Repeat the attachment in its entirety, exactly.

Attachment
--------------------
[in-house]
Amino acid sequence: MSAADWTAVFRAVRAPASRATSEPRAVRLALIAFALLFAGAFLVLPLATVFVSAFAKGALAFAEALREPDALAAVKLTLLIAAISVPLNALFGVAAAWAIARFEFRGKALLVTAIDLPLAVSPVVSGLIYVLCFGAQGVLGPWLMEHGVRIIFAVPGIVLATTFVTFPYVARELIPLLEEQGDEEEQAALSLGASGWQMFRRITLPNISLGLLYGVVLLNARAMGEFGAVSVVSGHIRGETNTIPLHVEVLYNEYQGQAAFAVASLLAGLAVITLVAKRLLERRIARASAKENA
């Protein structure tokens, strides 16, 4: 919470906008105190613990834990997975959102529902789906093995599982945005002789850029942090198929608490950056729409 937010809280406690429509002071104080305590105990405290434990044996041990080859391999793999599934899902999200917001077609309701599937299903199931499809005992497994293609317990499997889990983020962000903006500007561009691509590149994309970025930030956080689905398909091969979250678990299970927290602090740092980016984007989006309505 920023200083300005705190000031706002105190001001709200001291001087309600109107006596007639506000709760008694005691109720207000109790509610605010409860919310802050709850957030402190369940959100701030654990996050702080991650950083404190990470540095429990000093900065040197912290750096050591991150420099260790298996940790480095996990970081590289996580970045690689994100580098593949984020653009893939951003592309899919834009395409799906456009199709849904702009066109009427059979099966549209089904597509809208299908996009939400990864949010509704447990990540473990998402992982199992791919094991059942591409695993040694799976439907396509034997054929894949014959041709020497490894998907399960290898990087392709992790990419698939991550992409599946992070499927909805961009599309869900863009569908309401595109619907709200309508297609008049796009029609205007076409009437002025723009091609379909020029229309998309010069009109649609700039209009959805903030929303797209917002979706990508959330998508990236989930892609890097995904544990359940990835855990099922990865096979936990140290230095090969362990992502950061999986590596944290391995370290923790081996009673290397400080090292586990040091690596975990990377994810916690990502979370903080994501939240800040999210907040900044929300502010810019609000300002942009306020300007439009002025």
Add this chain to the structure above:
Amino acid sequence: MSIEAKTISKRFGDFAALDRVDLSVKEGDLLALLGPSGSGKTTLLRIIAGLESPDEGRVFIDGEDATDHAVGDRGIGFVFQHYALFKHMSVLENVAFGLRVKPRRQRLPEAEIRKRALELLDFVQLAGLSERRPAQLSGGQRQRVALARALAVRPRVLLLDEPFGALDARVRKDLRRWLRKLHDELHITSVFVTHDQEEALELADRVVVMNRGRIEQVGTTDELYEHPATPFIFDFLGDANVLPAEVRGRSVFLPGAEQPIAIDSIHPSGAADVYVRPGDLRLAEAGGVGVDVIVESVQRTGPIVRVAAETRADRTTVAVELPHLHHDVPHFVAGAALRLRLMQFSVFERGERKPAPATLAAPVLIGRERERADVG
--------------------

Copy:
[in-house]
Amino acid sequence: MSAADWTAVFRAVRAPASRATSEPRAVRLALIAFALLFAGAFLVLPLATVFVSAFAKGALAFAEALREPDALAAVKLTLLIAAISVPLNALFGVAAAWAIARFEFRGKALLVTAIDLPLAVSPVVSGLIYVLCFGAQGVLGPWLMEHGVRIIFAVPGIVLATTFVTFPYVARELIPLLEEQGDEEEQAALSLGASGWQMFRRITLPNISLGLLYGVVLLNARAMGEFGAVSVVSGHIRGETNTIPLHVEVLYNEYQGQAAFAVASLLAGLAVITLVAKRLLERRIARASAKENA
């Protein structure tokens, strides 16, 4: 919470906008105190613990834990997975959102529902789906093995599982945005002789850029942090198929608490950056729409 937010809280406690429509002071104080305590105990405290434990044996041990080859391999793999599934899902999200917001077609309701599937299903199931499809005992497994293609317990499997889990983020962000903006500007561009691509590149994309970025930030956080689905398909091969979250678990299970927290602090740092980016984007989006309505 920023200083300005705190000031706002105190001001709200001291001087309600109107006596007639506000709760008694005691109720207000109790509610605010409860919310802050709850957030402190369940959100701030654990996050702080991650950083404190990470540095429990000093900065040197912290750096050591991150420099260790298996940790480095996990970081590289996580970045690689994100580098593949984020653009893939951003592309899919834009395409799906456009199709849904702009066109009427059979099966549209089904597509809208299908996009939400990864949010509704447990990540473990998402992982199992791919094991059942591409695993040694799976439907396509034997054929894949014959041709020497490894998907399960290898990087392709992790990419698939991550992409599946992070499927909805961009599309869900863009569908309401595109619907709200309508297609008049796009029609205007076409009437002025723009091609379909020029229309998309010069009109649609700039209009959805903030929303797209917002979706990508959330998508990236989930892609890097995904544990359940990835855990099922990865096979936990140290230095090969362990992502950061999986590596944290391995370290923790081996009673290397400080090292586990040091690596975990990377994810916690990502979370903080994501939240800040999210907040900044929300502010810019609000300002942009306020300007439009002025």
Add this chain to the structure above:
Amino acid sequence: MSIEAKTISKRFGDFAALDRVDLSVKEGDLLALLGPSGSGKTTLLRIIAGLESPDEGRVFIDGEDATDHAVGDRGIGFVFQHYALFKHMSVLENVAFGLRVKPRRQRLPEAEIRKRALELLDFVQLAGLSERRPAQLSGGQRQRVALARALAVRPRVLLLDEPFGALDARVRKDLRRWLRKLHDELHITSVFVTHDQEEALELADRVVVMNRGRIEQVGTTDELYEHPATPFIFDFLGDANVLPAEVRGRSVFLPGAEQPIAIDSIHPSGAADVYVRPGDLRLAEAGGVGVDVIVESVQRTGPIVRVAAETRADRTTVAVELPHLHHDVPHFVAGAALRLRLMQFSVFERGERKPAPATLAAPVLIGRERERADVG